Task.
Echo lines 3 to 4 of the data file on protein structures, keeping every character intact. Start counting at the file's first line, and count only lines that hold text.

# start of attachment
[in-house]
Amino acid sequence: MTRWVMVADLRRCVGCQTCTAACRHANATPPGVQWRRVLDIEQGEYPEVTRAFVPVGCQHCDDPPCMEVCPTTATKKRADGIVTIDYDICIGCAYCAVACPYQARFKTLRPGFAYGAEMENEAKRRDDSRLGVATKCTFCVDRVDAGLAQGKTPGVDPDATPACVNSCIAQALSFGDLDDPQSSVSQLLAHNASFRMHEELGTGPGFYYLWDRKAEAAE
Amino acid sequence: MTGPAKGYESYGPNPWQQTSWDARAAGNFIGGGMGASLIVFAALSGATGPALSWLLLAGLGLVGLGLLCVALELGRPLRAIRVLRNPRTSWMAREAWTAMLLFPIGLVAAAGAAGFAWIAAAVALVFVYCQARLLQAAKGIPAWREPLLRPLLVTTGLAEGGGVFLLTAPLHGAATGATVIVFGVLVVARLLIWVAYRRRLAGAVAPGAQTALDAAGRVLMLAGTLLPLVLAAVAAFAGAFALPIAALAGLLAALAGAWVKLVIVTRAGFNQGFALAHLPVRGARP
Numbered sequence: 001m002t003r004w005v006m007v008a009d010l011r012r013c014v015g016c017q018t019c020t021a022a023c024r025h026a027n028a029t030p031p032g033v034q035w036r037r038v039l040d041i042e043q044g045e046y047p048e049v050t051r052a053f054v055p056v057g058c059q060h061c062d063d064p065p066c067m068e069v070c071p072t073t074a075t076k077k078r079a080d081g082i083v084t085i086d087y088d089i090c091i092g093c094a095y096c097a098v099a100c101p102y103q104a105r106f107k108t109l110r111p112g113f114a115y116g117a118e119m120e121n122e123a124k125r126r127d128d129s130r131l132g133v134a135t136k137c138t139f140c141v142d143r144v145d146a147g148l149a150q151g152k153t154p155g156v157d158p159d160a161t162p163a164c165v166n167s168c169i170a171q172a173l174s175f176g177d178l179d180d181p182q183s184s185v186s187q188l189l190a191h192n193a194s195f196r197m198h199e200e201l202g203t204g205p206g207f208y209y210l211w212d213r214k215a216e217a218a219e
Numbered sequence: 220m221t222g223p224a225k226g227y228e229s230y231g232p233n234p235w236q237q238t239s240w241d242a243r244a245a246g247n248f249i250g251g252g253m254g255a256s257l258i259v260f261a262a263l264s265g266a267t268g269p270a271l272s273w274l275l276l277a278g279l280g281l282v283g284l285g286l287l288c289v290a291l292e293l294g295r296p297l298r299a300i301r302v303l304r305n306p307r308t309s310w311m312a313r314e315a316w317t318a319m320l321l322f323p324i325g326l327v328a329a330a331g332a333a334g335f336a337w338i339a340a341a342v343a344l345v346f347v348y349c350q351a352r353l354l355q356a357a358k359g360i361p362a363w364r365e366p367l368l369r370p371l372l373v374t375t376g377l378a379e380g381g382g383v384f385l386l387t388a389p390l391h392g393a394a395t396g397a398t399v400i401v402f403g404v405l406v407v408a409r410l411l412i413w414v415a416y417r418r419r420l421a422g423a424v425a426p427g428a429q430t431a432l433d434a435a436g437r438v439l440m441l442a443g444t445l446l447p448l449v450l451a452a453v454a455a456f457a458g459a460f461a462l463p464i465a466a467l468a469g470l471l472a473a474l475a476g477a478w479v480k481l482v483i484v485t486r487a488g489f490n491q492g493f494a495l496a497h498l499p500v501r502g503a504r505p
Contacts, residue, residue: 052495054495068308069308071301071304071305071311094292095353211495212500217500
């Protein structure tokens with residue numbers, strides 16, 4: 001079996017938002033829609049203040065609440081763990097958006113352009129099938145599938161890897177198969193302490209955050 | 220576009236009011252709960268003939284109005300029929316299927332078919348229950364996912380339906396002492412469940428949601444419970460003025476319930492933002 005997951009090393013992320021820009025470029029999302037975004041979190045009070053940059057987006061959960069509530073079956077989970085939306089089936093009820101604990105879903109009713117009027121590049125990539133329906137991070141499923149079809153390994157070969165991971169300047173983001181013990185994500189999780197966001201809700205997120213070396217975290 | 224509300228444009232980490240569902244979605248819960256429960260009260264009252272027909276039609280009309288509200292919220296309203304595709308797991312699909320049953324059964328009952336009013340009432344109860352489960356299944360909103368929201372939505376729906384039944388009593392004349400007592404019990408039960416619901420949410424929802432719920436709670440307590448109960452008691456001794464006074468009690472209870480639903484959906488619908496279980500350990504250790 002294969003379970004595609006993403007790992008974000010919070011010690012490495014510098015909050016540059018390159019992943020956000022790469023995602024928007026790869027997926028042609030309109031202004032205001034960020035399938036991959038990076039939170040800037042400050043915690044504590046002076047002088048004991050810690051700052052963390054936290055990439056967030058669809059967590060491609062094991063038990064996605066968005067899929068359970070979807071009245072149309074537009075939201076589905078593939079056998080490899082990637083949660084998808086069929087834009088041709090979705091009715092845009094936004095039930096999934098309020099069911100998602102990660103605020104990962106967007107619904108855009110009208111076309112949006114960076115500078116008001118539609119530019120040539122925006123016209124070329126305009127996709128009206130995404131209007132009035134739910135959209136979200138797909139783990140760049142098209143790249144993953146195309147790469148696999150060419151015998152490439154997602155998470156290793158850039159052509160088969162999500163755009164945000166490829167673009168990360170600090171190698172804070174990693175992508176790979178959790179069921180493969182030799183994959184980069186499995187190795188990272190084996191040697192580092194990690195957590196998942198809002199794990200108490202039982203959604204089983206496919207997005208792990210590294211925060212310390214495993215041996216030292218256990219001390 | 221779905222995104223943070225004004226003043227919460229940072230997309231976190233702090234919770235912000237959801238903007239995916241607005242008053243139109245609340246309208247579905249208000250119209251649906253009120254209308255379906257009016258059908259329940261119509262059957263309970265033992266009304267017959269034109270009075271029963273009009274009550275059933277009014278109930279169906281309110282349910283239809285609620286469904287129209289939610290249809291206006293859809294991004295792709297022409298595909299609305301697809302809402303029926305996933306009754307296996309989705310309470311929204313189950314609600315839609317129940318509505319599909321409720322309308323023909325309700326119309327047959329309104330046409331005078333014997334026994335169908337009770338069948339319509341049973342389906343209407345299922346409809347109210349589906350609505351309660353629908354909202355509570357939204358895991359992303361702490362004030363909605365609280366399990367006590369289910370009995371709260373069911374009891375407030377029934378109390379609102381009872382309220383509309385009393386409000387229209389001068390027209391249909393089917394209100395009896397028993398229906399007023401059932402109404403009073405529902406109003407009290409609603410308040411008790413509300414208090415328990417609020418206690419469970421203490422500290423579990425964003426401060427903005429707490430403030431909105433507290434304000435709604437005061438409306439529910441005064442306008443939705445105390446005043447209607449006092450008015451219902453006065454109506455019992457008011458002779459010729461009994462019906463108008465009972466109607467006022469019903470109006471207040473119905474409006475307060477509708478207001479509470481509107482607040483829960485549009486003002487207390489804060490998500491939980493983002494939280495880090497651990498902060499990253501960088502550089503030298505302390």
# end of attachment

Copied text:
Amino acid sequence: MTGPAKGYESYGPNPWQQTSWDARAAGNFIGGGMGASLIVFAALSGATGPALSWLLLAGLGLVGLGLLCVALELGRPLRAIRVLRNPRTSWMAREAWTAMLLFPIGLVAAAGAAGFAWIAAAVALVFVYCQARLLQAAKGIPAWREPLLRPLLVTTGLAEGGGVFLLTAPLHGAATGATVIVFGVLVVARLLIWVAYRRRLAGAVAPGAQTALDAAGRVLMLAGTLLPLVLAAVAAFAGAFALPIAALAGLLAALAGAWVKLVIVTRAGFNQGFALAHLPVRGARP
Numbered sequence: 001m002t003r004w005v006m007v008a009d010l011r012r013c014v015g016c017q018t019c020t021a022a023c024r025h026a027n028a029t030p031p032g033v034q035w036r037r038v039l040d041i042e043q044g045e046y047p048e049v050t051r052a053f054v055p056v057g058c059q060h061c062d063d064p065p066c067m068e069v070c071p072t073t074a075t076k077k078r079a080d081g082i083v084t085i086d087y088d089i090c091i092g093c094a095y096c097a098v099a100c101p102y103q104a105r106f107k108t109l110r111p112g113f114a115y116g117a118e119m120e121n122e123a124k125r126r127d128d129s130r131l132g133v134a135t136k137c138t139f140c141v142d143r144v145d146a147g148l149a150q151g152k153t154p155g156v157d158p159d160a161t162p163a164c165v166n167s168c169i170a171q172a173l174s175f176g177d178l179d180d181p182q183s184s185v186s187q188l189l190a191h192n193a194s195f196r197m198h199e200e201l202g203t204g205p206g207f208y209y210l211w212d213r214k215a216e217a218a219e